"We are building a unique bar experience and he is the perfect person to execute it," says Leiweke. "Mick is renowned in this city."
One unique feature is Kraken fans can not only gather for home and road games but be on hand to watch NHL practices and/or get insight into how the team trains and prepares for NHL competition.
"Rather than waiting for the next home game, Kraken fans can come to Bar & Grill and engage with their team every day of the week," said McHugh. "We're pioneering in a different neighborhood [from his previous 16 places] and we will mold into what fans want, including gravy over fries [one or more versions of poutine]."
Registration for hockey, skating and beginners programs will begin this spring, but fans will have to wait to see any fun signature moments that were common with McHugh as the operator. Seattle insiders might recall a singing bartender or the then-unheard of 28 draft beer taps in McRory's or McHugh flying in the first bottles of certain French champagnes to be served at his restaurants.
Many Seattle sports fans know about or have viewed the painting of the McRory's bar scene painted by famed artist LeRoy Neiman (who was regularly commissioned by NBC and other networks to paint scenes from the Olympics or Super Bowl). McHugh met Neiman in McRory's one night for a late dinner after the artist's gallery opening in 1980.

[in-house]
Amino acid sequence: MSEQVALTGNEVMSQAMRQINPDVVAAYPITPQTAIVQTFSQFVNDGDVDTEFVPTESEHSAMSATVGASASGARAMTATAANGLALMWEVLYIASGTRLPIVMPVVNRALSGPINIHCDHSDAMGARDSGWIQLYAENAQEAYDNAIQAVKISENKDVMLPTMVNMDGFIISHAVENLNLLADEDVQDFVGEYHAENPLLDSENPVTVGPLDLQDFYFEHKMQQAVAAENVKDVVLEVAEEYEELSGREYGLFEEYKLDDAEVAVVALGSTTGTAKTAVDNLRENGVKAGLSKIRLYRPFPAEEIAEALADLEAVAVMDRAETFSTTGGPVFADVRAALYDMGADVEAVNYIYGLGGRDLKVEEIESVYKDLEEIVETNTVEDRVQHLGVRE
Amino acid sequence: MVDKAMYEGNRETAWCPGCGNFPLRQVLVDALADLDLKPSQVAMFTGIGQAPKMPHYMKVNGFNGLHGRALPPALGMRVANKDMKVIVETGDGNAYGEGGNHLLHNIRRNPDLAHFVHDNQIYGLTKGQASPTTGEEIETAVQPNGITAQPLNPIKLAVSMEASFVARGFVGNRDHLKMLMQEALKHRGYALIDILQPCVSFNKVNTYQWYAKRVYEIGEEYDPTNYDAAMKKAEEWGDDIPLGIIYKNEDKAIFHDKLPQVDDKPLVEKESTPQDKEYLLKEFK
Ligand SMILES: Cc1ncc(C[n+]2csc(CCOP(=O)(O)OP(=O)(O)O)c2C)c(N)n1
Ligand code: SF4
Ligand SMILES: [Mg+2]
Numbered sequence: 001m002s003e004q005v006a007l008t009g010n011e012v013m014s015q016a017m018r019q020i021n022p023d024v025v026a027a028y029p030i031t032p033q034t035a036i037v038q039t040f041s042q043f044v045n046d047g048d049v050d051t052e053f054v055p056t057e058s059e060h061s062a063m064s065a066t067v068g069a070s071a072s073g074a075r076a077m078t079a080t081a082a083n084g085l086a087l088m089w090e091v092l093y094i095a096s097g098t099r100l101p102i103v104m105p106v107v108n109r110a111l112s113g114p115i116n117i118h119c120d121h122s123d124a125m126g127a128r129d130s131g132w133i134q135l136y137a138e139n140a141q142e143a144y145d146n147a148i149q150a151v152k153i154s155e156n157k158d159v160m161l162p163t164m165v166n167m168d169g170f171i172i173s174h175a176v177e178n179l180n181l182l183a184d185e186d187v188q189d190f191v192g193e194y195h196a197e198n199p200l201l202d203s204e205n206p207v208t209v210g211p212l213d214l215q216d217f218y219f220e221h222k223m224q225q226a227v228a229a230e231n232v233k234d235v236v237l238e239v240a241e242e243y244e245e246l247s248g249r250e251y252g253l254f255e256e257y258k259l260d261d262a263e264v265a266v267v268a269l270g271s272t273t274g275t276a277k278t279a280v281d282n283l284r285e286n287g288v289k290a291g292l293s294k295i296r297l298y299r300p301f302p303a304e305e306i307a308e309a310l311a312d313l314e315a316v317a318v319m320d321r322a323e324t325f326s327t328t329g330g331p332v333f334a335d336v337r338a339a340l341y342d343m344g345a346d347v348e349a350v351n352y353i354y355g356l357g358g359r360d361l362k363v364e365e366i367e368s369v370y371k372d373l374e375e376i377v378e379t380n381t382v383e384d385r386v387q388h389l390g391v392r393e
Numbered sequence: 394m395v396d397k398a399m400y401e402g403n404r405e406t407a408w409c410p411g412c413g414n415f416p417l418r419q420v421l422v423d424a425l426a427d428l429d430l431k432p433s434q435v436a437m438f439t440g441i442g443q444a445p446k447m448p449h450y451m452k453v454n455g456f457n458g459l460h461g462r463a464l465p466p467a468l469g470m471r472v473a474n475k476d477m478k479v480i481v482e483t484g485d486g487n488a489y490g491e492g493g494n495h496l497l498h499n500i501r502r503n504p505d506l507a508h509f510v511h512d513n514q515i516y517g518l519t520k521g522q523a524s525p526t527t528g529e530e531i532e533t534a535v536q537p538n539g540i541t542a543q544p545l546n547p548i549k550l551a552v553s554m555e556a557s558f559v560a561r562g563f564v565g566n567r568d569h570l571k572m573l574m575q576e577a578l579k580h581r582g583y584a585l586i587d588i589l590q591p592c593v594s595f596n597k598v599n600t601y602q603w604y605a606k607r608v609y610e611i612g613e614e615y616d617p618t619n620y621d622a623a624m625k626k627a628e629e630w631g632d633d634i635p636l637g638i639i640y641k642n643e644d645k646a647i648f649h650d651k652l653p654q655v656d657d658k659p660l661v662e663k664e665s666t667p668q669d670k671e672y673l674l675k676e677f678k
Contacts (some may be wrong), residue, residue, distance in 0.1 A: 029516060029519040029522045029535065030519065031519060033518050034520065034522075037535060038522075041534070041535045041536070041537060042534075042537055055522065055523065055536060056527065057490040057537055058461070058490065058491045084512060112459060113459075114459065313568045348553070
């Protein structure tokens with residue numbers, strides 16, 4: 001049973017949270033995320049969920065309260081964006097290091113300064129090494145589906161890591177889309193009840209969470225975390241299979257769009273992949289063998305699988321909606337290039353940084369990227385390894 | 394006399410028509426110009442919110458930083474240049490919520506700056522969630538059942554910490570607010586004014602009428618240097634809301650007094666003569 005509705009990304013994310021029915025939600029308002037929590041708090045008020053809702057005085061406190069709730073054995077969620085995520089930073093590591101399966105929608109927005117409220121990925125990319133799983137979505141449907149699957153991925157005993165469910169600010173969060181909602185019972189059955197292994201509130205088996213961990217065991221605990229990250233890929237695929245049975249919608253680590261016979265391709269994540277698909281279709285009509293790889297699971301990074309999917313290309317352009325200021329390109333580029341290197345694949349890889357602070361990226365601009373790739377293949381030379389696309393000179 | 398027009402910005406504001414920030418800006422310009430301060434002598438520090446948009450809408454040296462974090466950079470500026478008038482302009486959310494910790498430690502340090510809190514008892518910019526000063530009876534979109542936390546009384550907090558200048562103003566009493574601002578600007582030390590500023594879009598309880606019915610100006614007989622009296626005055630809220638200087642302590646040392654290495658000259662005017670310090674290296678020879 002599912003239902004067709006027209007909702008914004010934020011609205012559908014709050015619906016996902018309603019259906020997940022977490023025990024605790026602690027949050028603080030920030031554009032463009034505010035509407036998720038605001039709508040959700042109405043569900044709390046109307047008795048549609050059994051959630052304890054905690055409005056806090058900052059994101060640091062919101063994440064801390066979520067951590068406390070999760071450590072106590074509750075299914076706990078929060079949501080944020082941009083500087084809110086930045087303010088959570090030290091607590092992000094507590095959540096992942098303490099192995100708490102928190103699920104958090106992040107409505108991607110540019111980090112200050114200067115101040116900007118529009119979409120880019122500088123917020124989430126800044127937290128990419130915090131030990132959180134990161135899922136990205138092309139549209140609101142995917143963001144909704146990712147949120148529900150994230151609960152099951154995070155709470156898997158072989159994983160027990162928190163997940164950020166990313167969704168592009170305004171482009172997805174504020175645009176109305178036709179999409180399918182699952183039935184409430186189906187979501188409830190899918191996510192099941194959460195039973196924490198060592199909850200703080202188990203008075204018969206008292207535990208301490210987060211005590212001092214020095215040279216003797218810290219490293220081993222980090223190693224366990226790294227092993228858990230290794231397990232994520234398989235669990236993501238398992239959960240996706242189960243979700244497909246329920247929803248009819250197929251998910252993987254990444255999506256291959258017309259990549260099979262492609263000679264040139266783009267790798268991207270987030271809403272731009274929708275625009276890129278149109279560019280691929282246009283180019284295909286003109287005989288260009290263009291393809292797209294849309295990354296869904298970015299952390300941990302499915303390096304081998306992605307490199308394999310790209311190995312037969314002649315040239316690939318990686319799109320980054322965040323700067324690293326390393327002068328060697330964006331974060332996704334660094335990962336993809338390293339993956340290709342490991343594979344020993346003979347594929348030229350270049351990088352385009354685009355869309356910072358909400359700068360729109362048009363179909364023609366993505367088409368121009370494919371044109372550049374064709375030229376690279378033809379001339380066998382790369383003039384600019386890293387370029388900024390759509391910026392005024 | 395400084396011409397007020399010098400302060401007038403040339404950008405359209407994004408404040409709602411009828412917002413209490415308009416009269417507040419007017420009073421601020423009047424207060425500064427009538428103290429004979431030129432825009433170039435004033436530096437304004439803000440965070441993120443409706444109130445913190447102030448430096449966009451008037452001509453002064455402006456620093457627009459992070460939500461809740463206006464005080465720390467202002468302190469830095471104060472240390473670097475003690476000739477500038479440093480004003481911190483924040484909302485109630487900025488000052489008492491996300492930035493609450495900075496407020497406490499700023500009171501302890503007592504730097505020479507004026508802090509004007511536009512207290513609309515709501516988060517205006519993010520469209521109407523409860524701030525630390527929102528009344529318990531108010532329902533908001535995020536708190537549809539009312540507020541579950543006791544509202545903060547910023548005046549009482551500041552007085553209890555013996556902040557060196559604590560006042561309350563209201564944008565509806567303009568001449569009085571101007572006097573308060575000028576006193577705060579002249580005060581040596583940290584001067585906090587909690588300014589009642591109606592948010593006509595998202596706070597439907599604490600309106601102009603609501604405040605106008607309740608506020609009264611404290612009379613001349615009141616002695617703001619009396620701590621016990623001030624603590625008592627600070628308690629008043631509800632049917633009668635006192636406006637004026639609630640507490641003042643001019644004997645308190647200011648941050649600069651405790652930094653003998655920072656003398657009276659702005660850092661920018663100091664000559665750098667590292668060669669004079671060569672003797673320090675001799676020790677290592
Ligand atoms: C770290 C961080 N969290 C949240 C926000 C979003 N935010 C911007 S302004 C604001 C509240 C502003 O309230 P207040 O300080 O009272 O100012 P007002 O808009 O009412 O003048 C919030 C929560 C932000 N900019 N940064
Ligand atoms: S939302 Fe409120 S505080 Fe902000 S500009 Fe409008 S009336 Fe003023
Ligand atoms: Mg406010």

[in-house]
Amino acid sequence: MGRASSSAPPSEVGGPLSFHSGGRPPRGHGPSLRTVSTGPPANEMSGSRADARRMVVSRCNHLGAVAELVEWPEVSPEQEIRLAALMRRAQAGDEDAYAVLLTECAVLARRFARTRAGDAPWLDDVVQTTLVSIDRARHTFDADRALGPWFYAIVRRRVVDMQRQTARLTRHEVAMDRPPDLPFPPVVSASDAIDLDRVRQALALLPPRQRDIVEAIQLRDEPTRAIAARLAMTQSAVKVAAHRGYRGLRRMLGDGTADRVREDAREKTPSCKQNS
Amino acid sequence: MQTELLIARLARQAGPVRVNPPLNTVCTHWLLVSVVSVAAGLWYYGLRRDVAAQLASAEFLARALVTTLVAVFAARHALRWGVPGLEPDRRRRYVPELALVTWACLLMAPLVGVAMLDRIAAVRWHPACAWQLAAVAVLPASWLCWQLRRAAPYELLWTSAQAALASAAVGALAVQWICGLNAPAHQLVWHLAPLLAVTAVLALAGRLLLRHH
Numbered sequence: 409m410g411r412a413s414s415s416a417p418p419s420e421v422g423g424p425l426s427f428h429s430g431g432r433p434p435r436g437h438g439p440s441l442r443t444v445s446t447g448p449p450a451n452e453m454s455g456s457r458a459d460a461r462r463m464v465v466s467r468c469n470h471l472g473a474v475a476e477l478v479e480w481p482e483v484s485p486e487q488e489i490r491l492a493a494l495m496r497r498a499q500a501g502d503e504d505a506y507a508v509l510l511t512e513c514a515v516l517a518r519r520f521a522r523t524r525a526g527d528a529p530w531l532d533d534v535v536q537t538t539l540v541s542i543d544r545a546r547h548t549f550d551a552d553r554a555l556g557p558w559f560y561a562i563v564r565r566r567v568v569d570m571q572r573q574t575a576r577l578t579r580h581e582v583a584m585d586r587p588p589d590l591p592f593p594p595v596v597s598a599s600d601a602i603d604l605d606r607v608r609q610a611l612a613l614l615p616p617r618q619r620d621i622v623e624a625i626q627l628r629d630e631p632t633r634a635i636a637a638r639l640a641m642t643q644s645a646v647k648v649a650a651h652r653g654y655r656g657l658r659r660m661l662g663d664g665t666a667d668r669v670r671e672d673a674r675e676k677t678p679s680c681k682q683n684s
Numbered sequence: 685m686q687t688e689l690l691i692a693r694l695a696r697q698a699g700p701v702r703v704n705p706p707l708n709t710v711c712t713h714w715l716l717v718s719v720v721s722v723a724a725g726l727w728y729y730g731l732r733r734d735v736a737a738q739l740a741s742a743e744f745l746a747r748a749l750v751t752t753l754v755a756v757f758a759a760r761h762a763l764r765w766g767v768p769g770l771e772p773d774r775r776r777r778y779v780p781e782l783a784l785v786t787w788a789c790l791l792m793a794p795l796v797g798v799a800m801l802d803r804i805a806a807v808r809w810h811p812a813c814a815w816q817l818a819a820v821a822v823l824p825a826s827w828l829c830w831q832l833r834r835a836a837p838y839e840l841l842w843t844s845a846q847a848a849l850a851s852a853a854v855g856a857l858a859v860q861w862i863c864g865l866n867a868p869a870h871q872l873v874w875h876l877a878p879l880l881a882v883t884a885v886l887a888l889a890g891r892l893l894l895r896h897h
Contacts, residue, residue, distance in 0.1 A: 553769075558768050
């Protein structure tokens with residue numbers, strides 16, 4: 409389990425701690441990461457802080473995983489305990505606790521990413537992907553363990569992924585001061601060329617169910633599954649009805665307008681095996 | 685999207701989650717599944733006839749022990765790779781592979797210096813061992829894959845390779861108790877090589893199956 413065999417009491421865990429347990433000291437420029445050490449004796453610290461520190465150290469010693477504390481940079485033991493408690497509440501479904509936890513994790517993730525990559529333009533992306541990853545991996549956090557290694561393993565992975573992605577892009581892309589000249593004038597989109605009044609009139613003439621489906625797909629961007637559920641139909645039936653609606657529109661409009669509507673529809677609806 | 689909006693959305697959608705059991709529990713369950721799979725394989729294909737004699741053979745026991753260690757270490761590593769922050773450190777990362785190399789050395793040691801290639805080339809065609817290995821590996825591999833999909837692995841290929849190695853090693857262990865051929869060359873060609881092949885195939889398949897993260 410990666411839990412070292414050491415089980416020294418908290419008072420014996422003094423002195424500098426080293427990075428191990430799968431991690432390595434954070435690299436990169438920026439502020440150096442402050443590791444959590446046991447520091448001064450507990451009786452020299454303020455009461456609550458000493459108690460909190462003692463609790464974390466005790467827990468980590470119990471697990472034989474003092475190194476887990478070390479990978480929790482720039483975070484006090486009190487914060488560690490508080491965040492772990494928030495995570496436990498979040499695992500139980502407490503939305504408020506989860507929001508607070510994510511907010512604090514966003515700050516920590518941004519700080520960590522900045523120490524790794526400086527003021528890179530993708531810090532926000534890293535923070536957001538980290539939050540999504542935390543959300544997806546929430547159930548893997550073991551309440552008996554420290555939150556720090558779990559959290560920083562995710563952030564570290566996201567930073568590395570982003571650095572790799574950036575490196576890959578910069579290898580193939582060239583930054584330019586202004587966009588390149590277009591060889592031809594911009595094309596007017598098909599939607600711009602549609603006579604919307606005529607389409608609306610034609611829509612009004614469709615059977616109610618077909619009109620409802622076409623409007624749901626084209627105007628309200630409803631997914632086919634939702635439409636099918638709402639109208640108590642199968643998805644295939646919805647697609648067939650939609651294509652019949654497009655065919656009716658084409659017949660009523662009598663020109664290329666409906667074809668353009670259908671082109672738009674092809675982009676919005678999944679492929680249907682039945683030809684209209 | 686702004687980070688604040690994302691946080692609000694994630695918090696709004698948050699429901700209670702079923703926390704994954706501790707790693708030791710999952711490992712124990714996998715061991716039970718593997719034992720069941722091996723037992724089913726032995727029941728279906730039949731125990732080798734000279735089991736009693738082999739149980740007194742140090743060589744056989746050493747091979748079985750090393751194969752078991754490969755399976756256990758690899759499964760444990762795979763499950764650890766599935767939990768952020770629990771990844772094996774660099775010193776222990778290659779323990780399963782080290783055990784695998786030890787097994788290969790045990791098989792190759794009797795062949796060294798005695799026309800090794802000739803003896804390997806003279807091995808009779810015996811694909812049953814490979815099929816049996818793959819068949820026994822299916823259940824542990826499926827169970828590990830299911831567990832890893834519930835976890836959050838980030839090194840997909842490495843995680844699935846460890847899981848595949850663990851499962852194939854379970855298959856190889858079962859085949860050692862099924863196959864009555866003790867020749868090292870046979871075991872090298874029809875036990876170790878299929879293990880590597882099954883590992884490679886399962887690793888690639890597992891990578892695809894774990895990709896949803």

Neiman admired the hundreds of spirits bottles on full public display at the front bar, remarking he had not seen any such splendor in his world travels. In fact, the display count was indeed designated in the Guinness Book of World Records.
The two men talked about whether Neiman would be willing to paint the scene. It got complicated-mostly because Neiman was so much in demand-but after many phone messages, Neiman agreed to a then-high-priced $100,000 commission.
The project stalled until McHugh and partner Tim Firnstahl got the artist's attention by purchasing $25,000 in gold from a federal assay office in Delaware then personally delivering the bouillons to Neiman's New York City apartment. The painting (which includes an actual bottle label that was soaked off and sent to Neiman for artistic detail) became the bar's calling card to Seattleites and the world.
That was then and still brings laughs from McHugh via a recent Zoom call. But the "now" has McHugh inspired about what will await fans and players (from NHL to the tiniest girls and boys) at the Bar & Grill.
"The sky's the limit," says McHugh. "We'll accommodate everyone involved with hockey, figure skating, curling. We'll have special events for the broomball crowd. The glass walls to the rink will make us different, where you can see your favorite skaters, maybe a child or spouse. We're going to take care of you.
"The timing of the Bar & Grill is so perfect. In a city that has introduced so many prosperous industries to the world, with such a rich history of bringing people together through sports, we get to do it again in the hockey industry."